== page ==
Interestingly, that linnet speaks Welsh. It may be worth going back to the book to see if anything it says is a near-anagram of the name of a twentieth-century American female avant garde choreographer. Then we might be able to make educated guesses at the forthcoming further adventures of tip top secret agent Jug Souptin!
Readers will be familiar with the plucky fascist tot Tiny Enid, but I have only recently learned of the existence of her cousin and sometime playmate, Eerie Mavis.
Eerie Mavis spent much of her time loitering in a barn, mucking about with lengths of string and rotting fruit and pliers. She is said to have had an affinity with jackdaws, though it is not clear how this manifested itself. Eerie she may have been, but she did not have the power of flight, and her speaking voice was more akin to the mutter than the caw. Indeed, one of the eeriest things about Eerie Mavis was her constant, incomprehensible, and somehow menacing muttering, which began as soon as she woke from sleep on her straw pallet in the barn, and continued all bloody day until, in eventual exhaustion, she flung herself back on the pallet, and the Land of Nod. Even then, she was known to mutter in her sleep.
You could trust Eerie Mavis with a box of matches. She showed no signs of pyromania, and indeed could be counted on to douse any conflagrations which may erupt in the farmyard. She never seemed to be far from a spigot, and showed both delicacy and determination when handling a hosepipe.
She was not a musical tot – the eternal muttering put paid to any ambitions she may have had as a songstress – but could be spellbound by the sound of electric guitars played in the screeching heavy metal style, and also by the softer toots of the piccolo. When so spellbound, she would drop her string and fruit and pliers, and stand stock still, close by a spigot, in her slightly lopsided way, and shut her eyes, and levitate, an inch or so off the ground. Her muttering did not entirely cease at such times, but it became quieter.
Her slight lopsidedness had no apparent physical cause. She did not, unlike her cousin Tiny Enid, have a club foot, and wore no corrective boot. Passing farmyard adults would occasionally try to straighten her up, by means of gentle coaxing, to no avail. In a tape recorded interview, conducted decades later when she had become a crone, Eerie Mavis revealed that she had always stood bolt upright, and it was the farmyard itself that was lopsided. Alas, it had by then long been covered by concrete, and no land surveyor could attest to the truth of her claim.
A double biography of Eerie Mavis and Tiny Enid is long overdue. There is one in the works, from the pen of Pebblehead, but many obstacles lie in his path, not least the fact that each time he completes a page, no sooner has it rolled off his typewriter than it is snatched and borne away in the beak of a jackdaw, up into the blue Alpine skies, irretrievable, irretrievable, lost, lost, lost.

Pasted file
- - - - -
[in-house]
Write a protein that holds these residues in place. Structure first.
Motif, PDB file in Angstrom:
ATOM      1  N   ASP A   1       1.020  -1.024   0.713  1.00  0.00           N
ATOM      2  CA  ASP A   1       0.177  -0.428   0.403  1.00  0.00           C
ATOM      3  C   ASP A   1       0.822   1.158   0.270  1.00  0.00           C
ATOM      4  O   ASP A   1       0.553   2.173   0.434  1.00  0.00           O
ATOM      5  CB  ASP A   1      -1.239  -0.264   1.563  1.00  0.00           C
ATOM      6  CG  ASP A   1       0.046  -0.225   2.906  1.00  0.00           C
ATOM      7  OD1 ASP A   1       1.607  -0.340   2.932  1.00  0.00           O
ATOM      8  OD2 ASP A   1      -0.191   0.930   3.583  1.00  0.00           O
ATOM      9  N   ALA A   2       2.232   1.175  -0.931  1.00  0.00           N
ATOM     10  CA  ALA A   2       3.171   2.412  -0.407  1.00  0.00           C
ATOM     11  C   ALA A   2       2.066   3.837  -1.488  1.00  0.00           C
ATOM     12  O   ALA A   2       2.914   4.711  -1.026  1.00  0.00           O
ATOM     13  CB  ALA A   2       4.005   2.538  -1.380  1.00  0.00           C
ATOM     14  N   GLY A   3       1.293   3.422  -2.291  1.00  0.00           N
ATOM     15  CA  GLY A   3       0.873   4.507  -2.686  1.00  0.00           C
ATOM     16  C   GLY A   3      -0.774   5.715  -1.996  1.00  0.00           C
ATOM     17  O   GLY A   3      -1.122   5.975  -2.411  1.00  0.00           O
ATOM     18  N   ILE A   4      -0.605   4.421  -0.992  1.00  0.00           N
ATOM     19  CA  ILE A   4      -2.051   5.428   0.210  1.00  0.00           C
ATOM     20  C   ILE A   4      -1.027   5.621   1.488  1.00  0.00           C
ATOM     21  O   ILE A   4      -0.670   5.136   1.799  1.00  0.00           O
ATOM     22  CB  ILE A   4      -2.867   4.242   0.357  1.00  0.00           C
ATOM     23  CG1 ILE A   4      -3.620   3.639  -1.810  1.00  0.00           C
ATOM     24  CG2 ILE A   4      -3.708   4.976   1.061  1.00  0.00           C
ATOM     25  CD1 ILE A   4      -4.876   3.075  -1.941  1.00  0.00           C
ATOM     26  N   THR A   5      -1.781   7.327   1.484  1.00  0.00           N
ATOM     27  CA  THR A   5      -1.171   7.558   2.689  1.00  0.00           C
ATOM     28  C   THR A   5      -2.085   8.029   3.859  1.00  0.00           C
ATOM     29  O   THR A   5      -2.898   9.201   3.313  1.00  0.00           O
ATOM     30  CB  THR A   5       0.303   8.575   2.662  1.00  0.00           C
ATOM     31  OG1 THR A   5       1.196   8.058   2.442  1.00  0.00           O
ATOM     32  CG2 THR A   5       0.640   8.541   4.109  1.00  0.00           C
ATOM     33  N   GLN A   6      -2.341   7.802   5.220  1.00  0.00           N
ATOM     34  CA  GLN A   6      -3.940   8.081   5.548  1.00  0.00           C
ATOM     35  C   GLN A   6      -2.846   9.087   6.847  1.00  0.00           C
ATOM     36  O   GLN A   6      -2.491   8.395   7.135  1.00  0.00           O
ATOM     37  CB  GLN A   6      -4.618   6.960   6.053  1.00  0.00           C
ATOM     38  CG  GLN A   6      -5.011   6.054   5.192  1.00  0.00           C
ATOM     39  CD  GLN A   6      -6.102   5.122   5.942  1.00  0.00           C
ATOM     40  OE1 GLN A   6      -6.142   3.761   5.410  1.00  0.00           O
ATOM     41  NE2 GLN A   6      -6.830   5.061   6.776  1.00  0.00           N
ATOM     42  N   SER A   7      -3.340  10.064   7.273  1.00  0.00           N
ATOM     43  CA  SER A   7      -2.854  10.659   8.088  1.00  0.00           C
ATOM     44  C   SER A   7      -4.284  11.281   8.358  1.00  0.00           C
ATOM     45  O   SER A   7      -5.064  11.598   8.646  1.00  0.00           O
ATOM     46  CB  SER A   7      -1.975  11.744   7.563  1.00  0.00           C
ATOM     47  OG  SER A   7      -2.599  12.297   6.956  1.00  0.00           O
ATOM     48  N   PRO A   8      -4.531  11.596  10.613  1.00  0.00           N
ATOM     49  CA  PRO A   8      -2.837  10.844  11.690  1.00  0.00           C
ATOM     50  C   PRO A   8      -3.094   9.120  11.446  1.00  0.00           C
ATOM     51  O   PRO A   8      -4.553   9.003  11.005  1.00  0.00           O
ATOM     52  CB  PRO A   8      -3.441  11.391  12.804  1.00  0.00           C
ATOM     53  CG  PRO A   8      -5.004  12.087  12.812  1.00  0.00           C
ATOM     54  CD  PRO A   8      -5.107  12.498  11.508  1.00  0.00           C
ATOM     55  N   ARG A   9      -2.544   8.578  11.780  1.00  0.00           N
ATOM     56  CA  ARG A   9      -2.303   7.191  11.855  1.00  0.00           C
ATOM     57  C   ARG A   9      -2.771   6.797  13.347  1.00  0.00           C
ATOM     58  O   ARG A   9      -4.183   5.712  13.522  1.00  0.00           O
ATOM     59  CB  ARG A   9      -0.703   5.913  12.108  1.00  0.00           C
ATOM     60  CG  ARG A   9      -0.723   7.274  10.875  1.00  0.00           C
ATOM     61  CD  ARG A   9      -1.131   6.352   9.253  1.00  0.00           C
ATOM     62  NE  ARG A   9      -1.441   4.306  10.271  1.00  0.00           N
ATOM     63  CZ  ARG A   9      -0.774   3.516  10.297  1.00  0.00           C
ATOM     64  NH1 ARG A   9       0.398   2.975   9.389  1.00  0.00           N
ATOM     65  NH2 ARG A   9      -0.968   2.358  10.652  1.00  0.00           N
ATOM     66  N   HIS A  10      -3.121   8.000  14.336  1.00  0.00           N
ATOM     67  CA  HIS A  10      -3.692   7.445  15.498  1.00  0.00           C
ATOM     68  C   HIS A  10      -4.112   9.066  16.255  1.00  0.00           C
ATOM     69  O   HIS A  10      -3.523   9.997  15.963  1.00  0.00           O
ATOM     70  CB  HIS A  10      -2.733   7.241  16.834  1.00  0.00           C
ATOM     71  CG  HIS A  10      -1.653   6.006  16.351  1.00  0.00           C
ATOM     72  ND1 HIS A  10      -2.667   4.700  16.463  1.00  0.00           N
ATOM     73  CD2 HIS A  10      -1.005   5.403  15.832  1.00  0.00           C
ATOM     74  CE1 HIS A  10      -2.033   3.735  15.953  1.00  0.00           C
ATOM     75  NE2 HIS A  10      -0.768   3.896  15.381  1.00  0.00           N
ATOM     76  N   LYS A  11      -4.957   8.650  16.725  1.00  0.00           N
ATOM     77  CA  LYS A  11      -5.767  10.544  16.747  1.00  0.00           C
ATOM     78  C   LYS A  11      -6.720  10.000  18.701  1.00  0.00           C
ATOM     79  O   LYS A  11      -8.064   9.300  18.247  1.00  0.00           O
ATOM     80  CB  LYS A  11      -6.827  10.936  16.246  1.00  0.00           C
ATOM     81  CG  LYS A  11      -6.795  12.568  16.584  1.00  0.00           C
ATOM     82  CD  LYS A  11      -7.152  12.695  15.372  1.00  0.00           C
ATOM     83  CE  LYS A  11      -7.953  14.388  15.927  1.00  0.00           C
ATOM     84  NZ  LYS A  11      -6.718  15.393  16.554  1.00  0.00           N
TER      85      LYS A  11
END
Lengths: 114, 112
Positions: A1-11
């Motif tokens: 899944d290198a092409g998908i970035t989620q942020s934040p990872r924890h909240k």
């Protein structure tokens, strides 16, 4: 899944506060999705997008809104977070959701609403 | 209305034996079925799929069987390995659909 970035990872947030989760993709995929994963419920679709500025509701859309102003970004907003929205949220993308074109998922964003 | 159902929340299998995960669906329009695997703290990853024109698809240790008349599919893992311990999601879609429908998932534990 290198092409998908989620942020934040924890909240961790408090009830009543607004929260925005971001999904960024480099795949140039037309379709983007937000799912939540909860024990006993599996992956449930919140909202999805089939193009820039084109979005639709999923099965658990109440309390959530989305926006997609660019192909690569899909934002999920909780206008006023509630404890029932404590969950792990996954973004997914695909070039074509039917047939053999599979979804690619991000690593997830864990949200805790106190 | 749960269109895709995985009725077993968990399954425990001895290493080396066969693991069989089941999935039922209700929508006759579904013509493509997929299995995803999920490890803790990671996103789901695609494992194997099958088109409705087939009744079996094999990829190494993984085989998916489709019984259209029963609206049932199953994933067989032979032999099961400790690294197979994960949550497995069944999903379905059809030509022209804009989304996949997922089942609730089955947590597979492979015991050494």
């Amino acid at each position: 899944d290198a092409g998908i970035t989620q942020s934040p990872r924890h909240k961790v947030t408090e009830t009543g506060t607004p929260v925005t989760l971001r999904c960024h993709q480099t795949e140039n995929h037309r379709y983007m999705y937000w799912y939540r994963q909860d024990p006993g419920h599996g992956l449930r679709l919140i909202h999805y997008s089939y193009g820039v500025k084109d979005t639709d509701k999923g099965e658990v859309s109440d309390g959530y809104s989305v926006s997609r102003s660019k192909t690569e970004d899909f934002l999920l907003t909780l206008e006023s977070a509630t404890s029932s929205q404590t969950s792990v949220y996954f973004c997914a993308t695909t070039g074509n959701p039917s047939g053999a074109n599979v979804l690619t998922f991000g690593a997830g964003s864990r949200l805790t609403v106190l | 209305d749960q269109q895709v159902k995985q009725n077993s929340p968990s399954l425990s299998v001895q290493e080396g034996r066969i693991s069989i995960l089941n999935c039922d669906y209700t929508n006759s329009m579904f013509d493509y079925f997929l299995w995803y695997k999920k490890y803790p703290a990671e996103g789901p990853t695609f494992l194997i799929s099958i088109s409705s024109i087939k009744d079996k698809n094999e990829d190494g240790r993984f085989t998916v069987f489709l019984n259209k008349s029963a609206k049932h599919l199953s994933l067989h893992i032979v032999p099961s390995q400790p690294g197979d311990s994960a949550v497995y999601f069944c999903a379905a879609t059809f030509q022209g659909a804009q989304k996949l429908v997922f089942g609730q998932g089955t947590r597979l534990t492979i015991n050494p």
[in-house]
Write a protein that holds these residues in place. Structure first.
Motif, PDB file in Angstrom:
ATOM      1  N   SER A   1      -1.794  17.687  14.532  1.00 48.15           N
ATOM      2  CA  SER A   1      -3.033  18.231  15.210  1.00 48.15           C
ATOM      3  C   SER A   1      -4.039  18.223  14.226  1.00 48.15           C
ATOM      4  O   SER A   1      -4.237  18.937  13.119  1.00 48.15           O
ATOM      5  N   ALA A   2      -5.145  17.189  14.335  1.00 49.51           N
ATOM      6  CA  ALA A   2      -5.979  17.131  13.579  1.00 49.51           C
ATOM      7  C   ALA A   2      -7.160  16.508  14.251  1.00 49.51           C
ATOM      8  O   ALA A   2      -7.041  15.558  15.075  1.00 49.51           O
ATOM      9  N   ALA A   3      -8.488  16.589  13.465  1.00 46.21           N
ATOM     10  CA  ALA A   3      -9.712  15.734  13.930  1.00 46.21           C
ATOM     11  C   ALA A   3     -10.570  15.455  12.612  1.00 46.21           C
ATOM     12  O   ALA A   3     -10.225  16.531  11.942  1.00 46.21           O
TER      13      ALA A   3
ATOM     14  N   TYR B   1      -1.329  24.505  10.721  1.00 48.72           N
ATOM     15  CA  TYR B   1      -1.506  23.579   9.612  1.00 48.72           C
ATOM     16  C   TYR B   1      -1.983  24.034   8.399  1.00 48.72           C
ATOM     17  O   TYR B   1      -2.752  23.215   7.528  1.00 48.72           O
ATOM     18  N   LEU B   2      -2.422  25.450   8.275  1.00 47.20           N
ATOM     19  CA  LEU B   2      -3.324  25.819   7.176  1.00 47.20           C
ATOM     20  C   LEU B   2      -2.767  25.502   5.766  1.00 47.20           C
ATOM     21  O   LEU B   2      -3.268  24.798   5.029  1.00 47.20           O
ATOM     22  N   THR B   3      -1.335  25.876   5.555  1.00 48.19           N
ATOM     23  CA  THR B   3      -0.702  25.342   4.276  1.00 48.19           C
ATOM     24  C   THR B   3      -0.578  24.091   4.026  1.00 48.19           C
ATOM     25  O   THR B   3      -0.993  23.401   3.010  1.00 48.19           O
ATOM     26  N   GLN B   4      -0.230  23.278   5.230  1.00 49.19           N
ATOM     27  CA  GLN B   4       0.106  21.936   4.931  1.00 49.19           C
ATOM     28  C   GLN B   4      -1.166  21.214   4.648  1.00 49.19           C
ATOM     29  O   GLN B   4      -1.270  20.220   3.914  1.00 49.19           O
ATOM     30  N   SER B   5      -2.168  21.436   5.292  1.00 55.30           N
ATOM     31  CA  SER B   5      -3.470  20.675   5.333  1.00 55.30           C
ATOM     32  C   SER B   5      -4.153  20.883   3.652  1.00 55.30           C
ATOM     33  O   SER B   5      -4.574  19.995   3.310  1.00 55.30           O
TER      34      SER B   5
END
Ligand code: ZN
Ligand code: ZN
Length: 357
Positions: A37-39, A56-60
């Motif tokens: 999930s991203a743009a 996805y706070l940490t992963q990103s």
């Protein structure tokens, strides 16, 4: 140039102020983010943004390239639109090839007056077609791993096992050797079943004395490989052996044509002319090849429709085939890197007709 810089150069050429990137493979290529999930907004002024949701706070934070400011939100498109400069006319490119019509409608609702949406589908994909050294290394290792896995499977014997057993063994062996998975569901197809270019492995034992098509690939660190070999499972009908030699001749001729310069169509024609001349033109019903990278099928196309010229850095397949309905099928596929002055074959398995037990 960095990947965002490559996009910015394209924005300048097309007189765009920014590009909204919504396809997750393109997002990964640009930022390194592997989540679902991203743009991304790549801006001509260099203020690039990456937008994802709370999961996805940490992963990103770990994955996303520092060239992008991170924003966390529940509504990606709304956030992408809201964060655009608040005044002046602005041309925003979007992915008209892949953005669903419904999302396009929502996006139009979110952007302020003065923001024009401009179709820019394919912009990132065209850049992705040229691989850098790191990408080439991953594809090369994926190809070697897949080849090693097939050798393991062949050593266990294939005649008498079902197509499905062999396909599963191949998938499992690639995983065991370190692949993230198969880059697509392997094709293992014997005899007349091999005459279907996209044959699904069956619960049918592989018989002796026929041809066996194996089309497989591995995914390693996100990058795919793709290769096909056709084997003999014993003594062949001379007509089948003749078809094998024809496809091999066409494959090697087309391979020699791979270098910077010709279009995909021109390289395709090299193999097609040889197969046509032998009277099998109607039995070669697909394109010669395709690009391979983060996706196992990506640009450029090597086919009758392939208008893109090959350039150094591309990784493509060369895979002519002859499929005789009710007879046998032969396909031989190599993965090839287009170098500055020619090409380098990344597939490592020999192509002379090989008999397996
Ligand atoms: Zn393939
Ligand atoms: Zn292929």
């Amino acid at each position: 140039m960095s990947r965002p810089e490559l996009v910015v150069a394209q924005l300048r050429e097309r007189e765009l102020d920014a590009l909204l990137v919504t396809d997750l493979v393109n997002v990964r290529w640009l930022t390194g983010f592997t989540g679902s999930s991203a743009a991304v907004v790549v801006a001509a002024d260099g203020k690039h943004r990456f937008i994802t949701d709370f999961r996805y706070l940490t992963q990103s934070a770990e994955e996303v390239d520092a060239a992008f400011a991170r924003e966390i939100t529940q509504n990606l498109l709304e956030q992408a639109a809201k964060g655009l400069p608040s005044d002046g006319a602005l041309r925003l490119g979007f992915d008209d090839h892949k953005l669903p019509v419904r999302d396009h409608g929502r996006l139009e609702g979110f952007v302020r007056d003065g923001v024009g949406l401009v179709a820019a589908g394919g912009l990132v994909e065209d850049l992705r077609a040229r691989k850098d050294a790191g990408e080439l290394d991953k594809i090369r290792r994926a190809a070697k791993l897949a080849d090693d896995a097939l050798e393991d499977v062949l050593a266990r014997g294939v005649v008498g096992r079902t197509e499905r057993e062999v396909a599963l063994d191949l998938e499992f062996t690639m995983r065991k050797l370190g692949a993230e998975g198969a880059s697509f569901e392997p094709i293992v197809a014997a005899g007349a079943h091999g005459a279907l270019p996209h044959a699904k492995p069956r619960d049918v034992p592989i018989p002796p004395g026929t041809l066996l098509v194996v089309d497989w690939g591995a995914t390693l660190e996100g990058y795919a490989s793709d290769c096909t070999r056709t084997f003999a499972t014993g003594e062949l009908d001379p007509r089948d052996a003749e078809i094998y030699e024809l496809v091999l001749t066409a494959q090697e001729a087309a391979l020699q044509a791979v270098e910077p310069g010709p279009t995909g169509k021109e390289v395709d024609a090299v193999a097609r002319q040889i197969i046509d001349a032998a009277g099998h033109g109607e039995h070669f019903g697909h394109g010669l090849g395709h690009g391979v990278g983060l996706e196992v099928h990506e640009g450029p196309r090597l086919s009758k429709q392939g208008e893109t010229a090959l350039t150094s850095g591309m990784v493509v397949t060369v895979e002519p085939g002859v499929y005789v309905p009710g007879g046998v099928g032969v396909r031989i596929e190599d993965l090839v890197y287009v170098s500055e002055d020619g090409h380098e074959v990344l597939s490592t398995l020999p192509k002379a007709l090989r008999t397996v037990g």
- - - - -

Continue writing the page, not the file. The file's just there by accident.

The picture of Pebblehead’s typewriter posted yesterday prompted a bulging postbag, with numerous readers clamouring for further particulars of the bestselling paperbackist’s working practices. Among the commoner questions were: How does Pebblehead manage to bash out so many potboilers? How many typewriters does he get through in an average week? Is he capable of writing a word without having that pipe, crammed with acrid Serbian tobacco, clamped between his teeth? Does he employ a team of monkey typists?
I was about to write, “Alas, we may never know…”, when all of a sudden, a moment ago, Alan the postal crow flew in through the crow-vent with a press release clutched in his beak. I gave him some millet, and he relinquished the paper, upon which the following was printed, by the looks of it on a wonky Gestetner machine:
Raymond Roussel told us How I Wrote Certain Of My Books in 1932. Now, Pebblehead promises to tell us How I Wrote Certain Of My Potboilers. This will undoubtedly be the publishing sensation of 2013, or 2014, or whenever Pebblehead manages to deliver the manuscript, in between bashing out hundreds more potboilers and destroying quite a few typewriters in the process, while monkeys cavort around him in his chalet o’ prose.
Sucking on his pipe, its bowl stuffed with acrid Serbian tobacco, the bestselling paperbackist said: “Begone, Krishnan Guru-Murthy! I have no idea what you and your camera crew from Channel 4 News think you’re doing, camped out in front of my chalet o’ prose. You are interrupting the creative process of the most tireless potboilerist in the world, and if you do not leave immediately I shall have you set upon by Alpine zombies in tattered Nazi uniforms brandishing ray guns from outer space!”
If and when How I Wrote Certain Of My Potboilers is ever actually published, review copies will be sent out via Alan the postal crow. Make sure your crow-vent is clear and free from sordid and unseemly detritus, bones of voles, etcetera.
Pebblehead’s typewriter after the bestselling paperback potboilerist completed a particularly strenuous bout of key-thumping in his chalet o’ prose.
(The picture found its way on to London’s Lost Rivers, where I found it thanks to Marina Organ.)